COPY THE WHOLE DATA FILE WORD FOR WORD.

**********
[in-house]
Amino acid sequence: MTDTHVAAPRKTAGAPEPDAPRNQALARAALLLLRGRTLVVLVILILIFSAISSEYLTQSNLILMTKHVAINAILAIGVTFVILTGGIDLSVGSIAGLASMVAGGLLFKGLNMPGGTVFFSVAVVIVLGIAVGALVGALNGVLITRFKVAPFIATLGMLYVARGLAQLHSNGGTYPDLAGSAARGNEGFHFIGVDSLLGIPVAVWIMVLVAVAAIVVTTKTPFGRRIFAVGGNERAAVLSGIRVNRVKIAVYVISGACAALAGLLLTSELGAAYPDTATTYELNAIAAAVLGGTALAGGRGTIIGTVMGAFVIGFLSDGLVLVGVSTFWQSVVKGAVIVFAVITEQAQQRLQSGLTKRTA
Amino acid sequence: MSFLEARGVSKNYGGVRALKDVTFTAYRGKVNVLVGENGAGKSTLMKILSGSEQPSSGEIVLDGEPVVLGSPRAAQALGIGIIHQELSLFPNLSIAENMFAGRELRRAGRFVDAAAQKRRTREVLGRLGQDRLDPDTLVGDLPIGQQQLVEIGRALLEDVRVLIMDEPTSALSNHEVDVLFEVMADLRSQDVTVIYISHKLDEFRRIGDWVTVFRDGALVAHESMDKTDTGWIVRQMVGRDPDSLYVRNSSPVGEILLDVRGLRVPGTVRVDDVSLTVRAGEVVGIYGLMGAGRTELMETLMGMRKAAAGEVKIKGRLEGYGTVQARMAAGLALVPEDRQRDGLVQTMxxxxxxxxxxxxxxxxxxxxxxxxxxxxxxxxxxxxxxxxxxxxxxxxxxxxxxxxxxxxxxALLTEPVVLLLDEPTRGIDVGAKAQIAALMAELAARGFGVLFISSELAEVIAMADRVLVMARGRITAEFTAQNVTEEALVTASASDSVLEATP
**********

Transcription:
[in-house]
Amino acid sequence: MTDTHVAAPRKTAGAPEPDAPRNQALARAALLLLRGRTLVVLVILILIFSAISSEYLTQSNLILMTKHVAINAILAIGVTFVILTGGIDLSVGSIAGLASMVAGGLLFKGLNMPGGTVFFSVAVVIVLGIAVGALVGALNGVLITRFKVAPFIATLGMLYVARGLAQLHSNGGTYPDLAGSAARGNEGFHFIGVDSLLGIPVAVWIMVLVAVAAIVVTTKTPFGRRIFAVGGNERAAVLSGIRVNRVKIAVYVISGACAALAGLLLTSELGAAYPDTATTYELNAIAAAVLGGTALAGGRGTIIGTVMGAFVIGFLSDGLVLVGVSTFWQSVVKGAVIVFAVITEQAQQRLQSGLTKRTA
Amino acid sequence: MSFLEARGVSKNYGGVRALKDVTFTAYRGKVNVLVGENGAGKSTLMKILSGSEQPSSGEIVLDGEPVVLGSPRAAQALGIGIIHQELSLFPNLSIAENMFAGRELRRAGRFVDAAAQKRRTREVLGRLGQDRLDPDTLVGDLPIGQQQLVEIGRALLEDVRVLIMDEPTSALSNHEVDVLFEVMADLRSQDVTVIYISHKLDEFRRIGDWVTVFRDGALVAHESMDKTDTGWIVRQMVGRDPDSLYVRNSSPVGEILLDVRGLRVPGTVRVDDVSLTVRAGEVVGIYGLMGAGRTELMETLMGMRKAAAGEVKIKGRLEGYGTVQARMAAGLALVPEDRQRDGLVQTMxxxxxxxxxxxxxxxxxxxxxxxxxxxxxxxxxxxxxxxxxxxxxxxxxxxxxxxxxxxxxxALLTEPVVLLLDEPTRGIDVGAKAQIAALMAELAARGFGVLFISSELAEVIAMADRVLVMARGRITAEFTAQNVTEEALVTASASDSVLEATP